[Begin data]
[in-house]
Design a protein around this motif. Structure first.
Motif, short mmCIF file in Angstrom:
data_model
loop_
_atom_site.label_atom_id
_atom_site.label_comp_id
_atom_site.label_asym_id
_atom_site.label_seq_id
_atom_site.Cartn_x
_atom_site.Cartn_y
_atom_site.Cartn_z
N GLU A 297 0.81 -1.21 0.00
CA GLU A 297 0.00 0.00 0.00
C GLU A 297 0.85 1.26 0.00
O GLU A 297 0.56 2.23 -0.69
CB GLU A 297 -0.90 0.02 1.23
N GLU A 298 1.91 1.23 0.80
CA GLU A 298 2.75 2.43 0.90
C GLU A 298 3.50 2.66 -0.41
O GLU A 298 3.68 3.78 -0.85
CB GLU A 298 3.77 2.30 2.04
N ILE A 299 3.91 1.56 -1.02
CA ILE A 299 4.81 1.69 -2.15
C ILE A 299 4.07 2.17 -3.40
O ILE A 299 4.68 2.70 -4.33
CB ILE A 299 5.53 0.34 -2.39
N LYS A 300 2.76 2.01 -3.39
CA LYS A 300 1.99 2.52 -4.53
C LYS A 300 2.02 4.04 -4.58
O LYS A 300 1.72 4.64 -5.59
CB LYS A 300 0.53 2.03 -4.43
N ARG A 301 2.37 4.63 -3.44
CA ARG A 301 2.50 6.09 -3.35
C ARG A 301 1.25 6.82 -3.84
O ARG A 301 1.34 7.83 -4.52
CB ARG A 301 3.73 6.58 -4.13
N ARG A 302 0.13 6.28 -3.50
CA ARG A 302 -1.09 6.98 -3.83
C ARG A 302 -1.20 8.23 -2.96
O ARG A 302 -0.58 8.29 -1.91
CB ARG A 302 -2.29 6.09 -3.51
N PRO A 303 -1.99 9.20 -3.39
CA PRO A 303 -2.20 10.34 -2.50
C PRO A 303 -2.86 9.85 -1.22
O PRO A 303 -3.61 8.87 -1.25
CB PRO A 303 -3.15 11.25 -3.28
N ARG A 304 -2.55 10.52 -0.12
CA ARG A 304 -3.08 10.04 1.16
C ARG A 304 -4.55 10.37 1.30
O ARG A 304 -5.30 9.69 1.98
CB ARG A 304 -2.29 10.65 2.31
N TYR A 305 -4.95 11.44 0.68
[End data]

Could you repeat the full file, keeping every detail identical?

[in-house]
Design a protein around this motif. Structure first.
Motif, short mmCIF file in Angstrom:
data_model
loop_
_atom_site.label_atom_id
_atom_site.label_comp_id
_atom_site.label_asym_id
_atom_site.label_seq_id
_atom_site.Cartn_x
_atom_site.Cartn_y
_atom_site.Cartn_z
N GLU A 297 0.81 -1.21 0.00
CA GLU A 297 0.00 0.00 0.00
C GLU A 297 0.85 1.26 0.00
O GLU A 297 0.56 2.23 -0.69
CB GLU A 297 -0.90 0.02 1.23
N GLU A 298 1.91 1.23 0.80
CA GLU A 298 2.75 2.43 0.90
C GLU A 298 3.50 2.66 -0.41
O GLU A 298 3.68 3.78 -0.85
CB GLU A 298 3.77 2.30 2.04
N ILE A 299 3.91 1.56 -1.02
CA ILE A 299 4.81 1.69 -2.15
C ILE A 299 4.07 2.17 -3.40
O ILE A 299 4.68 2.70 -4.33
CB ILE A 299 5.53 0.34 -2.39
N LYS A 300 2.76 2.01 -3.39
CA LYS A 300 1.99 2.52 -4.53
C LYS A 300 2.02 4.04 -4.58
O LYS A 300 1.72 4.64 -5.59
CB LYS A 300 0.53 2.03 -4.43
N ARG A 301 2.37 4.63 -3.44
CA ARG A 301 2.50 6.09 -3.35
C ARG A 301 1.25 6.82 -3.84
O ARG A 301 1.34 7.83 -4.52
CB ARG A 301 3.73 6.58 -4.13
N ARG A 302 0.13 6.28 -3.50
CA ARG A 302 -1.09 6.98 -3.83
C ARG A 302 -1.20 8.23 -2.96
O ARG A 302 -0.58 8.29 -1.91
CB ARG A 302 -2.29 6.09 -3.51
N PRO A 303 -1.99 9.20 -3.39
CA PRO A 303 -2.20 10.34 -2.50
C PRO A 303 -2.86 9.85 -1.22
O PRO A 303 -3.61 8.87 -1.25
CB PRO A 303 -3.15 11.25 -3.28
N ARG A 304 -2.55 10.52 -0.12
CA ARG A 304 -3.08 10.04 1.16
C ARG A 304 -4.55 10.37 1.30
O ARG A 304 -5.30 9.69 1.98
CB ARG A 304 -2.29 10.65 2.31
N TYR A 305 -4.95 11.44 0.68